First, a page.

A Fitting Defense


Tucked away in a parking lot off South Oyster Bay Road, day laborers, physicians, plumbers, electricians, nurses and law enforcement of all kinds come together to do one thing: fight.

Blitz Krav Maga, which has been Long Island’s premier self-defense and specialized training facility since 2001, may not be known by the whole community. But Long Island men, women and children who have discovered krav maga—Hebrew for “contact combat”—have learned its many benefits.

A member executes a high-rising scissor kick

The self-defense system was developed by Hungarian-Israeli martial artist Imi Lichtenfeld in the 1930s as a way to defend the Jewish quarter in Czechoslovakia. A decade later, he began training the Israel Defense Forces (IDF) in what would be labeled krav maga, tactics focused on neutralizing threats and executing spurts of aggressive counter-attacks.The training involves learning response methods to a bevy of extreme situations, including what to do with a gun to your head, a wire around your neck or how to fight an attacker who could have a variety of sharp weapons.

“We train for the worst case scenarios, not the best case,” said Michael Blitz, the founder and chief instructor of Hicksville’s Blitz Krav Maga. “And that’s why we’re really not like a martial art. There are no rehearsed movements.”

Blitz has worked as a professor at John Jay College of Criminal Justice since 1988, and was faculty advisor of the martial arts club in 1994 when he discovered what would become a huge part of his life. One of his students came in bruised and began talking about krav maga. Blitz, who had a background in Jiu Jitsu and Judo, had never heard of it, and was eager to try something new.

“That very first class, I took such a punch to the ribs, I mean like a brutal punch to the ribs,” Blitz said, “And I loved it.”

For the next six years, Blitz said he trained an average of five nights a week, and in 2000, his instructor informed him that Grandmaster Haim Zut—the world’s highest-ranking krav maga instructor—would be coming to the U.S. to train a select few people. After a grueling 21 days of 12-hour sessions that included a series of intense tests, Blitz, along with nine others, was awarded his instructor certification, tearing a calf muscle and breaking two ribs along the way.

“I would come home and I couldn’t eat, I couldn’t do anything and [my wife] would just get out the ice packs,” Blitz said.

Blitz upgraded to a black belt instructor certification under U.S. Chief Instructor Darren Levine and began teaching at the East Hills Jewish Community Center, growing a base of students willing to learn. He then started his own program at a dance studio in Syosset, moving to a few other places in the area before ending up at the current 7,000-square foot facility which Blitz and his partner Michael Cohen have had for 14 months.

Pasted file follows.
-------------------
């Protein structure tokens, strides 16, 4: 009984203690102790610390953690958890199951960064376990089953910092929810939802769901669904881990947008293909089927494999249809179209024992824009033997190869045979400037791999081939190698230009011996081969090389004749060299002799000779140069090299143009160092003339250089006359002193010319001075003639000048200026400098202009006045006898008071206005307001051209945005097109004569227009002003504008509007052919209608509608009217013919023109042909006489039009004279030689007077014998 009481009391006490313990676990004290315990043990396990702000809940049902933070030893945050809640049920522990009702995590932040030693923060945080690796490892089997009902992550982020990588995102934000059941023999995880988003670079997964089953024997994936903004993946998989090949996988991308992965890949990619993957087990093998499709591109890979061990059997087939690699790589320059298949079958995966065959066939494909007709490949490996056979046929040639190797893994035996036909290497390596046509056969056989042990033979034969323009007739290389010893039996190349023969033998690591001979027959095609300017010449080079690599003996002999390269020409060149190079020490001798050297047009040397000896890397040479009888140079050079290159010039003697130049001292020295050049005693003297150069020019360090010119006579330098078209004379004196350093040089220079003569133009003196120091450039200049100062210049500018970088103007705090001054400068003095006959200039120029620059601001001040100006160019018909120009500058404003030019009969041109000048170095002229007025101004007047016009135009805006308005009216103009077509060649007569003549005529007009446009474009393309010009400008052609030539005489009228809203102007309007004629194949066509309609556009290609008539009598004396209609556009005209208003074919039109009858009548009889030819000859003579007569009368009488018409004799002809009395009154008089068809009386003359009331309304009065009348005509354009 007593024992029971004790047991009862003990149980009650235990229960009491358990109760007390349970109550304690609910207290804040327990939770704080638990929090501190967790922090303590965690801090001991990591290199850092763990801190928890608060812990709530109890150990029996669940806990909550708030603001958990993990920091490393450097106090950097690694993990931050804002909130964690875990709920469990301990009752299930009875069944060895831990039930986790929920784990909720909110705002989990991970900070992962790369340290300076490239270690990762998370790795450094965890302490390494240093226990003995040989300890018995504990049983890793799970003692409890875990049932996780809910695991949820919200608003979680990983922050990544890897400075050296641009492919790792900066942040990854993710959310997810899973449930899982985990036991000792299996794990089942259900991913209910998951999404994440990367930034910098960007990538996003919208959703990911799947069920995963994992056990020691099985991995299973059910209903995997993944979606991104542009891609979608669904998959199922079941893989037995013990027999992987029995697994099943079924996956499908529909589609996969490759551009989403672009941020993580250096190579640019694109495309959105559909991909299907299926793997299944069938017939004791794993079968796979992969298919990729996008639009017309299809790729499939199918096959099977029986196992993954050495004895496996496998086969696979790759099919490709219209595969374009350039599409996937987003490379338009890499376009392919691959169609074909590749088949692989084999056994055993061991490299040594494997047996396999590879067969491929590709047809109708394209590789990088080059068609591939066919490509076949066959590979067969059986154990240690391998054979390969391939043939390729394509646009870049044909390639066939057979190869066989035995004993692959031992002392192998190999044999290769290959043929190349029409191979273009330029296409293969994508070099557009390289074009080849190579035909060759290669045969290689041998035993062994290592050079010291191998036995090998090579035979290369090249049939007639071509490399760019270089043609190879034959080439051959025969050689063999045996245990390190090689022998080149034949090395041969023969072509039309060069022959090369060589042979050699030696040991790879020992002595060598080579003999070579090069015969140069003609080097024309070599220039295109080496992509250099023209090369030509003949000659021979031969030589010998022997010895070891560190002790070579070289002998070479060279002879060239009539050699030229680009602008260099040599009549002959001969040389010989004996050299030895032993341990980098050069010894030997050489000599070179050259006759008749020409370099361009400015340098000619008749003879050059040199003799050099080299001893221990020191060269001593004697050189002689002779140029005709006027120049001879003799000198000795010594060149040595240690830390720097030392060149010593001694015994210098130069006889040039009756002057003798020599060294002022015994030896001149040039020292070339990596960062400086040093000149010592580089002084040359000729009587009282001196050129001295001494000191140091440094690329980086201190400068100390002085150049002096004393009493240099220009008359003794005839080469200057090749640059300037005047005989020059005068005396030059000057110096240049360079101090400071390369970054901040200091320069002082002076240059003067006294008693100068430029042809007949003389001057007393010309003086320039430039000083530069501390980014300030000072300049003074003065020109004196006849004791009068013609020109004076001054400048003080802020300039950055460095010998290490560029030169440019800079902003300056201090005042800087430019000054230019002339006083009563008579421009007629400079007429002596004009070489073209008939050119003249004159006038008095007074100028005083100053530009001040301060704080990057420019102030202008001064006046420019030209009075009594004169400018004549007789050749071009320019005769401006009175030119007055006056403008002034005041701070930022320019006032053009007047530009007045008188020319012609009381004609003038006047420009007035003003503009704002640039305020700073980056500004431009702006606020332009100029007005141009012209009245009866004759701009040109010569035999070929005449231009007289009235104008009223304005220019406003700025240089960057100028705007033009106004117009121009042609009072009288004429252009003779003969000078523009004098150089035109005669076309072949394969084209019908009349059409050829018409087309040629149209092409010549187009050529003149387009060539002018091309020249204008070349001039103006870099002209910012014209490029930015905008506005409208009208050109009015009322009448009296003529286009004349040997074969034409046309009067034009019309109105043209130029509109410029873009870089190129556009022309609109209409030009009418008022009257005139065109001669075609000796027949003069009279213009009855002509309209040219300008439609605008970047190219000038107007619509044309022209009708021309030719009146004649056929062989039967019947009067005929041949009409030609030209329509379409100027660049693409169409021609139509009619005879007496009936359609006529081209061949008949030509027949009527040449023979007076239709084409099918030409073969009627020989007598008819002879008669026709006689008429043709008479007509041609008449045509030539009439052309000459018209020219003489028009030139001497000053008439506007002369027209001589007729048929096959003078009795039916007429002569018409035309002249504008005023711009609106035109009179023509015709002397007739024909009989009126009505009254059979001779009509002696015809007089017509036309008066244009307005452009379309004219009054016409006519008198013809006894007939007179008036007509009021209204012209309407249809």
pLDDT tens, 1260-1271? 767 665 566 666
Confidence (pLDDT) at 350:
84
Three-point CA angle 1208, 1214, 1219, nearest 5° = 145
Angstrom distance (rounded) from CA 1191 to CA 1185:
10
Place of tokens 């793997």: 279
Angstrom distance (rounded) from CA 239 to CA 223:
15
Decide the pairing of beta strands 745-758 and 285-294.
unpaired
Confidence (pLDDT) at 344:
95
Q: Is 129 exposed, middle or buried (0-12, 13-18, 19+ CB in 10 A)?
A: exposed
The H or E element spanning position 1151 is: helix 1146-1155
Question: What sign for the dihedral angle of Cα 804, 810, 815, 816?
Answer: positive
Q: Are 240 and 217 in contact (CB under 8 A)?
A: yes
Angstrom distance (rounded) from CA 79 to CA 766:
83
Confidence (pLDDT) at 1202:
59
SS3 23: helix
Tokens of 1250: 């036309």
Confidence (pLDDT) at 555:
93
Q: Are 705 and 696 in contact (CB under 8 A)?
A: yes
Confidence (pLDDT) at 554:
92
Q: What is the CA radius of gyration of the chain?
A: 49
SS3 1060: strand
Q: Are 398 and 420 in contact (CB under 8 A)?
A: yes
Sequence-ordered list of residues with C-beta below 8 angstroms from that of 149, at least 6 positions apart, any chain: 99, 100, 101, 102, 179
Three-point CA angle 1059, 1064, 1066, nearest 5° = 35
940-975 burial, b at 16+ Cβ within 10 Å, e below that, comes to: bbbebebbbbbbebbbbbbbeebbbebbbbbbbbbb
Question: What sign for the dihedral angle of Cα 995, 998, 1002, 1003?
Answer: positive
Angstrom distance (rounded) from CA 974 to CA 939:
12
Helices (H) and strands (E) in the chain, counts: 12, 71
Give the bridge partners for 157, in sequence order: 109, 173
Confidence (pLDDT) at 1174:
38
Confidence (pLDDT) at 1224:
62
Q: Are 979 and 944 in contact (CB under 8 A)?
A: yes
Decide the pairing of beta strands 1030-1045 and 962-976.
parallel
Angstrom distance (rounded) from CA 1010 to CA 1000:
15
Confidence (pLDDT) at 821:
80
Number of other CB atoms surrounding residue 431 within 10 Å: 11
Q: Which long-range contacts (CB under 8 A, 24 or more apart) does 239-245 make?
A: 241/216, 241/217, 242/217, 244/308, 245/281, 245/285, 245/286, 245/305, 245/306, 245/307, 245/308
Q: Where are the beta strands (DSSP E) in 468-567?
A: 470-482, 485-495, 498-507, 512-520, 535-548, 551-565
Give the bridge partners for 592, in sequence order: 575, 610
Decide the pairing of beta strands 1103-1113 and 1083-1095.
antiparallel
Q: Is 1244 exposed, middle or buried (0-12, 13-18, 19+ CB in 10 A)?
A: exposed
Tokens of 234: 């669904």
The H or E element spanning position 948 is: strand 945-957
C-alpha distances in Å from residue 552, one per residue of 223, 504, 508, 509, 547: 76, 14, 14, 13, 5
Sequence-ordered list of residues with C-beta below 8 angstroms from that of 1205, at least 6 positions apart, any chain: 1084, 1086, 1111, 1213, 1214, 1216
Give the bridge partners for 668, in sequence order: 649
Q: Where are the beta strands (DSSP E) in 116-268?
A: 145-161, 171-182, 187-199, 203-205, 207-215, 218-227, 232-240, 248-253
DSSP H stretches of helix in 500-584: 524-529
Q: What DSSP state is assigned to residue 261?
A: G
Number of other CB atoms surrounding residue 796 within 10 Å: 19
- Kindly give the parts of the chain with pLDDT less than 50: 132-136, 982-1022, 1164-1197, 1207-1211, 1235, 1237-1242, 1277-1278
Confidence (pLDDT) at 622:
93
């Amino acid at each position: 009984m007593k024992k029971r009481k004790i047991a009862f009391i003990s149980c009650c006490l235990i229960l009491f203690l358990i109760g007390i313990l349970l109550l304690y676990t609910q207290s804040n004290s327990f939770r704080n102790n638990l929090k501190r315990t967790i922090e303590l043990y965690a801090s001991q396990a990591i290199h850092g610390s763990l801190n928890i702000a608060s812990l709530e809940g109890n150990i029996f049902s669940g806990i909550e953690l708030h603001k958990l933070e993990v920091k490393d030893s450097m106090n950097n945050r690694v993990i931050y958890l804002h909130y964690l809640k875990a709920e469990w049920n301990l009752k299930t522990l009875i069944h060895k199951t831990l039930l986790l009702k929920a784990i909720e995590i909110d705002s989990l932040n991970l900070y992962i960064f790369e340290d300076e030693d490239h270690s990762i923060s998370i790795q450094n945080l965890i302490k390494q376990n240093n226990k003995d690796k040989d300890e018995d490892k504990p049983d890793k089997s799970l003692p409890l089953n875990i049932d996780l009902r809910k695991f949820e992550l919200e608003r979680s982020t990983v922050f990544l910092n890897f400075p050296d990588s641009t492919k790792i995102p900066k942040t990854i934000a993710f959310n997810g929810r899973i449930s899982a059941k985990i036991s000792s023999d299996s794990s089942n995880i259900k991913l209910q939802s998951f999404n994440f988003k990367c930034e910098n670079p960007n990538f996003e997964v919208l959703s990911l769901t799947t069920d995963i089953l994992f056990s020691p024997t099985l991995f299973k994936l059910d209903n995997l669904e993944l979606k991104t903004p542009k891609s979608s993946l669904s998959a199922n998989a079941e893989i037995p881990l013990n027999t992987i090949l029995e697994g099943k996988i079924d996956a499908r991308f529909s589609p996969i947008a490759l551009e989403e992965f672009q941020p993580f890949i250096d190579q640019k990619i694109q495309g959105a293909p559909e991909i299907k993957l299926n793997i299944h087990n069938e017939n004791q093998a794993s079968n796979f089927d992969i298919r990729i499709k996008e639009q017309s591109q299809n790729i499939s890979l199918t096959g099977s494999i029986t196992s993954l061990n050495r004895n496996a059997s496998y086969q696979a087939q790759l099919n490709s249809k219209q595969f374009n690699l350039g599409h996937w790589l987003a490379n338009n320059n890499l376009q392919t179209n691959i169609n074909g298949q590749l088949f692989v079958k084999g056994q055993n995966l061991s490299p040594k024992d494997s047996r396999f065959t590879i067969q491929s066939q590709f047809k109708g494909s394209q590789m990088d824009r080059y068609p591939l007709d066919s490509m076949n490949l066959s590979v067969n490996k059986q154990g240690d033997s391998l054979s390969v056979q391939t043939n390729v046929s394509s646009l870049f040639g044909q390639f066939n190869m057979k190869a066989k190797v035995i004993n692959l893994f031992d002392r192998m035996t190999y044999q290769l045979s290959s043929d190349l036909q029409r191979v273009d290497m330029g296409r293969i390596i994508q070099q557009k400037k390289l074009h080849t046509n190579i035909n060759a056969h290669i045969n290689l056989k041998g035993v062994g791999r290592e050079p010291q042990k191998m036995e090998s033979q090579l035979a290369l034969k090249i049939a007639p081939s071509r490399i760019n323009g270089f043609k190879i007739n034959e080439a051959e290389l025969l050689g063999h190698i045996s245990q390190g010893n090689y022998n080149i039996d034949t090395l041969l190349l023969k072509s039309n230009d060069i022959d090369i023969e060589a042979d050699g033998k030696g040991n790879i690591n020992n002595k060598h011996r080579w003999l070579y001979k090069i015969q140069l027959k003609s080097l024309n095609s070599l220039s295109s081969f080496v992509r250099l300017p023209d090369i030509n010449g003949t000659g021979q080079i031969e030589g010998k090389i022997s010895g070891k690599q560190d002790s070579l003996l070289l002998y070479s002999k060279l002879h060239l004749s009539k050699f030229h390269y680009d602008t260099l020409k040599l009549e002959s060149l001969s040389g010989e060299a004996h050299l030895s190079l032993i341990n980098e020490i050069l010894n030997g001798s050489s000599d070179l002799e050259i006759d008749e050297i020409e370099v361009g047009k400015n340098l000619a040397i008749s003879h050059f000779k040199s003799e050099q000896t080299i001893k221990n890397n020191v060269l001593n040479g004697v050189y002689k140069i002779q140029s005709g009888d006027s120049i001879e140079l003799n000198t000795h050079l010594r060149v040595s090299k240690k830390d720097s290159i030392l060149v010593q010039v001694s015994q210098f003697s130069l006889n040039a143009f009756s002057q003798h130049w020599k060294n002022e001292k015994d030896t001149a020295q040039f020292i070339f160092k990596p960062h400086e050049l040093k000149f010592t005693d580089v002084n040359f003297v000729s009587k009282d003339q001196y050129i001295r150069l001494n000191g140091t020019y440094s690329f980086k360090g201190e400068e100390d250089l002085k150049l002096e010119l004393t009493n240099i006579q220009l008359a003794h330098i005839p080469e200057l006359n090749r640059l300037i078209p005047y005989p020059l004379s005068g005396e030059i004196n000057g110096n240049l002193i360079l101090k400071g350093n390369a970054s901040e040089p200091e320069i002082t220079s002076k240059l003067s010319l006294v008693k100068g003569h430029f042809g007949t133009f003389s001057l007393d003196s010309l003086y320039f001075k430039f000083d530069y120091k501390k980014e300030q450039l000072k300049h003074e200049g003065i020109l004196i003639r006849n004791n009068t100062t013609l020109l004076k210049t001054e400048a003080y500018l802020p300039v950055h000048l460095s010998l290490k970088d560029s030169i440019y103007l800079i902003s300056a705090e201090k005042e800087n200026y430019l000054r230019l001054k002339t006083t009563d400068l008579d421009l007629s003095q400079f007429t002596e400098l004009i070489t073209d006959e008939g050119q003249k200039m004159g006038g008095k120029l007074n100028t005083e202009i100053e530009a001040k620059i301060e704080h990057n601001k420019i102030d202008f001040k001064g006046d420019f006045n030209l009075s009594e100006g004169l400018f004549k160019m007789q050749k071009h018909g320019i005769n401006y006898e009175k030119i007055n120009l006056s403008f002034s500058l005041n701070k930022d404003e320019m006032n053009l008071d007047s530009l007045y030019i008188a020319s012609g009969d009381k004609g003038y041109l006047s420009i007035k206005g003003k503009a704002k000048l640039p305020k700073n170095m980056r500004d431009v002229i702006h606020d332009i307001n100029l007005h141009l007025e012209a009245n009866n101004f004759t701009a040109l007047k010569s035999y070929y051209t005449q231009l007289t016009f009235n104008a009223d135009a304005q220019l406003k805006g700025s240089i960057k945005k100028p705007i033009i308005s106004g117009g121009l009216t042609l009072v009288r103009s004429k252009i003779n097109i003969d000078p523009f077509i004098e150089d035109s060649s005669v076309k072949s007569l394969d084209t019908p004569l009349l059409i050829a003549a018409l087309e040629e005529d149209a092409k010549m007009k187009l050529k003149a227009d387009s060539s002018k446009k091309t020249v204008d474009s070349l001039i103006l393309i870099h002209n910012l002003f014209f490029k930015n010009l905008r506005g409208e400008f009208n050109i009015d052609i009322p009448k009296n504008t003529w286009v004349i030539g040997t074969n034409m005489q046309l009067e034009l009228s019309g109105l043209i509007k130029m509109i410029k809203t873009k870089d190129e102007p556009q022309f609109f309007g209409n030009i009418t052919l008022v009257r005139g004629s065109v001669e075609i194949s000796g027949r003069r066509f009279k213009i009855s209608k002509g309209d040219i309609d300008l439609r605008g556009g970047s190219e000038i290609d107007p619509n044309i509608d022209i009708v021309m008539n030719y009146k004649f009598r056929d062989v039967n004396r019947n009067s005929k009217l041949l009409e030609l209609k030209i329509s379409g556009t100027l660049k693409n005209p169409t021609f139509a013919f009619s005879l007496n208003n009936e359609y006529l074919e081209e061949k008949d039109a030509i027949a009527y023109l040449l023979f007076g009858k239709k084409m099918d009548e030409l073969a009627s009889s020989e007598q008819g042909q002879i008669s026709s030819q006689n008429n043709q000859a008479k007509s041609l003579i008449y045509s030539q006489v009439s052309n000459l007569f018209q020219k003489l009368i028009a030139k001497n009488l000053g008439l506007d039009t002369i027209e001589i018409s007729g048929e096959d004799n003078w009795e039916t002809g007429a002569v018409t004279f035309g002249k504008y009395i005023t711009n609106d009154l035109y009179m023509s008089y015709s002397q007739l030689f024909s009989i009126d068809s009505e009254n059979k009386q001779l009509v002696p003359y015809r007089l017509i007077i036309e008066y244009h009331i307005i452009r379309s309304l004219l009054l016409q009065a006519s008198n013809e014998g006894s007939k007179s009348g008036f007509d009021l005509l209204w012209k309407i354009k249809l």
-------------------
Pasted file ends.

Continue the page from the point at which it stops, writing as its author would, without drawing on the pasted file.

The center offers unlimited training to its hundreds of members after they sign up each month. Blitz and his instructors, which are all trained by him, offer five levels of krav maga classes, along with women’s workshops, boot camps, private instruction and children’s classes. Though Blitz has trained police and corrections officers, firefighters, Federal Air Marshals and Madison Square Garden security, a majority are simply civilians.

A member practices getting away from someone with a knife
A member practices getting away from someone with a knife

“Some people are just bored of going to the gym,” Blitz said, “and they want something that you don’t realize, ‘Wow, an hour has gone by and I’m exhausted and I’m bruised but that was fun.’”

New members entering a level one class would learn the fundamentals, including punches and kicks, defenses against them, along with escaping chokes, headlocks and grabs. As one reaches higher levels, the training is more rigorous and testing to earn belts could include taking on multiple assailants with various weapons.

There are many fitness components involved as well, which is part of the philosophy at Blitz Krav Maga.

“We want to train tired so we will exhaust ourselves to the point of body failure and then start some serious training,” Blitz said.

Though such combat training could be dangerous, protective gear is worn, especially in the lower levels, and though the fighting in class is intense, Blitz Krav Maga instructors must take a 60-hour course to prove they are ready to regulate safety. More advanced members look out for new members as well, and Blitz said the most common injuries are bruises, with the occasional nosebleed or broken finger.

“We’re so respectful here of anybody that walks in the door, because you’ve chosen to do something that’s going to be very, very tough,” said Blitz, who has taken notice to the friendships that sprout in classes between different walks of life. “I think it’s because we train in something so aggressive that we take care of each other on and off the mats.”

Blitz Krav Maga is at 1 Enterprise Place in Hicksville. For more information visit www.kmli.com or call 516-935-5728.


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